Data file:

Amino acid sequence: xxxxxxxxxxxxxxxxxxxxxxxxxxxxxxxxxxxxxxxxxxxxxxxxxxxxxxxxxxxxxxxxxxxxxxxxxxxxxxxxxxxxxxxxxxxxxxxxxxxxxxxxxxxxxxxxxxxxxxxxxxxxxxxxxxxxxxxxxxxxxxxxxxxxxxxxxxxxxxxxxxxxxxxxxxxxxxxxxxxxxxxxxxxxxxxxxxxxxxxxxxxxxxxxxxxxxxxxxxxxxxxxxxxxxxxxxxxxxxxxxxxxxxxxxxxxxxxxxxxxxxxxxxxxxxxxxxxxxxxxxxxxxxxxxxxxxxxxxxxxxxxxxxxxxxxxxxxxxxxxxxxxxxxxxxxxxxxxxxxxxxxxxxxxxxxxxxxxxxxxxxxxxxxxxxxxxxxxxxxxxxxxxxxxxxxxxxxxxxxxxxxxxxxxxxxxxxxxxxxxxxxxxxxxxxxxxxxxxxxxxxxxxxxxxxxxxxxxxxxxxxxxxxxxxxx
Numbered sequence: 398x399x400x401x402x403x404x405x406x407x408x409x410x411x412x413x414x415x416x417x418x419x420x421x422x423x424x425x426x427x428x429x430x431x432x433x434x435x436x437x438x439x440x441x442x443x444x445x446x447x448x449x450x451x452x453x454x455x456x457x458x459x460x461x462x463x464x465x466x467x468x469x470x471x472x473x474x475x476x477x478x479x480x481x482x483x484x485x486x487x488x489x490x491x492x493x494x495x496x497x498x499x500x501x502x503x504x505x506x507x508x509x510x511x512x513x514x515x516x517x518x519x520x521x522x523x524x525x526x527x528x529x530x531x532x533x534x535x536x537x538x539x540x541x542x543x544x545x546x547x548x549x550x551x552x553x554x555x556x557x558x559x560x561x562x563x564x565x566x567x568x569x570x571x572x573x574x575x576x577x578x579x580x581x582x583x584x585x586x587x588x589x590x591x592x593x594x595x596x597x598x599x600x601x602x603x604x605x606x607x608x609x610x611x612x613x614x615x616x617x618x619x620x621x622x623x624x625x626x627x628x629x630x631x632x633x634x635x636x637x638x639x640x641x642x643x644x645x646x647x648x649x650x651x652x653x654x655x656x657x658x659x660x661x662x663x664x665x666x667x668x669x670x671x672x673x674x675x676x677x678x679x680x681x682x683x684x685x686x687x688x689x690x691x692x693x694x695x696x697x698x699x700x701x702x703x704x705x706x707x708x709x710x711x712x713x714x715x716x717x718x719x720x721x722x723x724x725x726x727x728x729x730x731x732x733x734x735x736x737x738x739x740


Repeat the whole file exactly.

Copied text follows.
Amino acid sequence: xxxxxxxxxxxxxxxxxxxxxxxxxxxxxxxxxxxxxxxxxxxxxxxxxxxxxxxxxxxxxxxxxxxxxxxxxxxxxxxxxxxxxxxxxxxxxxxxxxxxxxxxxxxxxxxxxxxxxxxxxxxxxxxxxxxxxxxxxxxxxxxxxxxxxxxxxxxxxxxxxxxxxxxxxxxxxxxxxxxxxxxxxxxxxxxxxxxxxxxxxxxxxxxxxxxxxxxxxxxxxxxxxxxxxxxxxxxxxxxxxxxxxxxxxxxxxxxxxxxxxxxxxxxxxxxxxxxxxxxxxxxxxxxxxxxxxxxxxxxxxxxxxxxxxxxxxxxxxxxxxxxxxxxxxxxxxxxxxxxxxxxxxxxxxxxxxxxxxxxxxxxxxxxxxxxxxxxxxxxxxxxxxxxxxxxxxxxxxxxxxxxxxxxxxxxxxxxxxxxxxxxxxxxxxxxxxxxxxxxxxxxxxxxxxxxxxxxxxxxxxxxxxxxxxxx
Numbered sequence: 398x399x400x401x402x403x404x405x406x407x408x409x410x411x412x413x414x415x416x417x418x419x420x421x422x423x424x425x426x427x428x429x430x431x432x433x434x435x436x437x438x439x440x441x442x443x444x445x446x447x448x449x450x451x452x453x454x455x456x457x458x459x460x461x462x463x464x465x466x467x468x469x470x471x472x473x474x475x476x477x478x479x480x481x482x483x484x485x486x487x488x489x490x491x492x493x494x495x496x497x498x499x500x501x502x503x504x505x506x507x508x509x510x511x512x513x514x515x516x517x518x519x520x521x522x523x524x525x526x527x528x529x530x531x532x533x534x535x536x537x538x539x540x541x542x543x544x545x546x547x548x549x550x551x552x553x554x555x556x557x558x559x560x561x562x563x564x565x566x567x568x569x570x571x572x573x574x575x576x577x578x579x580x581x582x583x584x585x586x587x588x589x590x591x592x593x594x595x596x597x598x599x600x601x602x603x604x605x606x607x608x609x610x611x612x613x614x615x616x617x618x619x620x621x622x623x624x625x626x627x628x629x630x631x632x633x634x635x636x637x638x639x640x641x642x643x644x645x646x647x648x649x650x651x652x653x654x655x656x657x658x659x660x661x662x663x664x665x666x667x668x669x670x671x672x673x674x675x676x677x678x679x680x681x682x683x684x685x686x687x688x689x690x691x692x693x694x695x696x697x698x699x700x701x702x703x704x705x706x707x708x709x710x711x712x713x714x715x716x717x718x719x720x721x722x723x724x725x726x727x728x729x730x731x732x733x734x735x736x737x738x739x740